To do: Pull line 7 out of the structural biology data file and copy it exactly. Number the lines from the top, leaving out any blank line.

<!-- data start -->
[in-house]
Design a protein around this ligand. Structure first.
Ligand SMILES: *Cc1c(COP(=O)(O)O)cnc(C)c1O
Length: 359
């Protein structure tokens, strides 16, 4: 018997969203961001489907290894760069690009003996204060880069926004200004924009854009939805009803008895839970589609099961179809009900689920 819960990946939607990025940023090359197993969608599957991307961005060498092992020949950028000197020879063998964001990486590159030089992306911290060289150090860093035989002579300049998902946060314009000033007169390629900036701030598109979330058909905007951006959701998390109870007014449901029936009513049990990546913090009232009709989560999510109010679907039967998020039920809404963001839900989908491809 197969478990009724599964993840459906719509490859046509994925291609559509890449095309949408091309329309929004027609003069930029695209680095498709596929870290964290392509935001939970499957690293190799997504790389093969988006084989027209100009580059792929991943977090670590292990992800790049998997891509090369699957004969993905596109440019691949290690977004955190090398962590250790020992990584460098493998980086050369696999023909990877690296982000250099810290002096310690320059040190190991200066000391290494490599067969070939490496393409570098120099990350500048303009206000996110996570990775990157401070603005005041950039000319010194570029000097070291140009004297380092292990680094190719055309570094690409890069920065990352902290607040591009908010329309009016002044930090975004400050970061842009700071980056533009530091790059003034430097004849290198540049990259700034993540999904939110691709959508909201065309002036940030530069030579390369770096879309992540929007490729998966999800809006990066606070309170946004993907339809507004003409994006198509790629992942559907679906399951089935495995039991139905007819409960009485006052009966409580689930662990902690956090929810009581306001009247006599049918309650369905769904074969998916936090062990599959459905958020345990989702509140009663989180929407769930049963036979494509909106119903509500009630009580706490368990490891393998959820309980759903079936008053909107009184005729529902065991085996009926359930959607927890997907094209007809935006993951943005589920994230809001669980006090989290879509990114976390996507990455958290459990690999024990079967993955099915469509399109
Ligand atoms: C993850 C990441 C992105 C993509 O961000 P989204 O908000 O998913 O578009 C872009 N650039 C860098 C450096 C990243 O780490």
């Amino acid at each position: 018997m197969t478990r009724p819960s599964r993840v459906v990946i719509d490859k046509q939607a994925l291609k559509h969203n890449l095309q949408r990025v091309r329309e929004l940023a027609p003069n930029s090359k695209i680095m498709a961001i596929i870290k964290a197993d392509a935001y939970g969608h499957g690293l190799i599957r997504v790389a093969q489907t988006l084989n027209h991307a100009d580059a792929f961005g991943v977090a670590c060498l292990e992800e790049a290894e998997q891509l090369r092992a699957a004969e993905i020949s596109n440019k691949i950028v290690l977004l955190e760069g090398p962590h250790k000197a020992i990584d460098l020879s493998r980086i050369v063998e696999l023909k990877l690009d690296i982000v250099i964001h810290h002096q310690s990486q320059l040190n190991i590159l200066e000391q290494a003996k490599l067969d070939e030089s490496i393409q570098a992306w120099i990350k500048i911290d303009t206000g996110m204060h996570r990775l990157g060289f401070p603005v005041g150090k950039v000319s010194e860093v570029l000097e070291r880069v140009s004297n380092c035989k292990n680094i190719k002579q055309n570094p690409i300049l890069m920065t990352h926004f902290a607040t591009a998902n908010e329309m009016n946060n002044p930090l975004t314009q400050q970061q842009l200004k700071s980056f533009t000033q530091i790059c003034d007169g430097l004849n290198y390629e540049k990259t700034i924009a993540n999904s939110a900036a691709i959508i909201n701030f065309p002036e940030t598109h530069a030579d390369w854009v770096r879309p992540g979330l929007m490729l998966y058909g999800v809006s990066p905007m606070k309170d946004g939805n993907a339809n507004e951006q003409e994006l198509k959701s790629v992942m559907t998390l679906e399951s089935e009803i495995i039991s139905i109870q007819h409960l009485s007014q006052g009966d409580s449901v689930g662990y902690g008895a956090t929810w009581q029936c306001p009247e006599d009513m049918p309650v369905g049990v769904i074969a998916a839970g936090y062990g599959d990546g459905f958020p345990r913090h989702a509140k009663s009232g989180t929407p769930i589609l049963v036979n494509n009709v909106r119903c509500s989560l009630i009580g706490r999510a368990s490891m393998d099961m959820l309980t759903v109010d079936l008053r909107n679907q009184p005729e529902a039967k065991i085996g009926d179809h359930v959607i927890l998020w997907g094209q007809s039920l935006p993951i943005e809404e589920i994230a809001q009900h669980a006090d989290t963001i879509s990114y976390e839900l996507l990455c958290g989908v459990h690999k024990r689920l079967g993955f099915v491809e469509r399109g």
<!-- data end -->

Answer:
């Amino acid at each position: 018997m197969t478990r009724p819960s599964r993840v459906v990946i719509d490859k046509q939607a994925l291609k559509h969203n890449l095309q949408r990025v091309r329309e929004l940023a027609p003069n930029s090359k695209i680095m498709a961001i596929i870290k964290a197993d392509a935001y939970g969608h499957g690293l190799i599957r997504v790389a093969q489907t988006l084989n027209h991307a100009d580059a792929f961005g991943v977090a670590c060498l292990e992800e790049a290894e998997q891509l090369r092992a699957a004969e993905i020949s596109n440019k691949i950028v290690l977004l955190e760069g090398p962590h250790k000197a020992i990584d460098l020879s493998r980086i050369v063998e696999l023909k990877l690009d690296i982000v250099i964001h810290h002096q310690s990486q320059l040190n190991i590159l200066e000391q290494a003996k490599l067969d070939e030089s490496i393409q570098a992306w120099i990350k500048i911290d303009t206000g996110m204060h996570r990775l990157g060289f401070p603005v005041g150090k950039v000319s010194e860093v570029l000097e070291r880069v140009s004297n380092c035989k292990n680094i190719k002579q055309n570094p690409i300049l890069m920065t990352h926004f902290a607040t591009a998902n908010e329309m009016n946060n002044p930090l975004t314009q400050q970061q842009l200004k700071s980056f533009t000033q530091i790059c003034d007169g430097l004849n290198y390629e540049k990259t700034i924009a993540n999904s939110a900036a691709i959508i909201n701030f065309p002036e940030t598109h530069a030579d390369w854009v770096r879309p992540g979330l929007m490729l998966y058909g999800v809006s990066p905007m606070k309170d946004g939805n993907a339809n507004e951006q003409e994006l198509k959701s790629v992942m559907t998390l679906e399951s089935e009803i495995i039991s139905i109870q007819h409960l009485s007014q006052g009966d409580s449901v689930g662990y902690g008895a956090t929810w009581q029936c306001p009247e006599d009513m049918p309650v369905g049990v769904i074969a998916a839970g936090y062990g599959d990546g459905f958020p345990r913090h989702a509140k009663s009232g989180t929407p769930i589609l049963v036979n494509n009709v909106r119903c509500s989560l009630i009580g706490r999510a368990s490891m393998d099961m959820l309980t759903v109010d079936l008053r909107n679907q009184p005729e529902a039967k065991i085996g009926d179809h359930v959607i927890l998020w997907g094209q007809s039920l935006p993951i943005e809404e589920i994230a809001q009900h669980a006090d989290t963001i879509s990114y976390e839900l996507l990455c958290g989908v459990h690999k024990r689920l079967g993955f099915v491809e469509r399109g």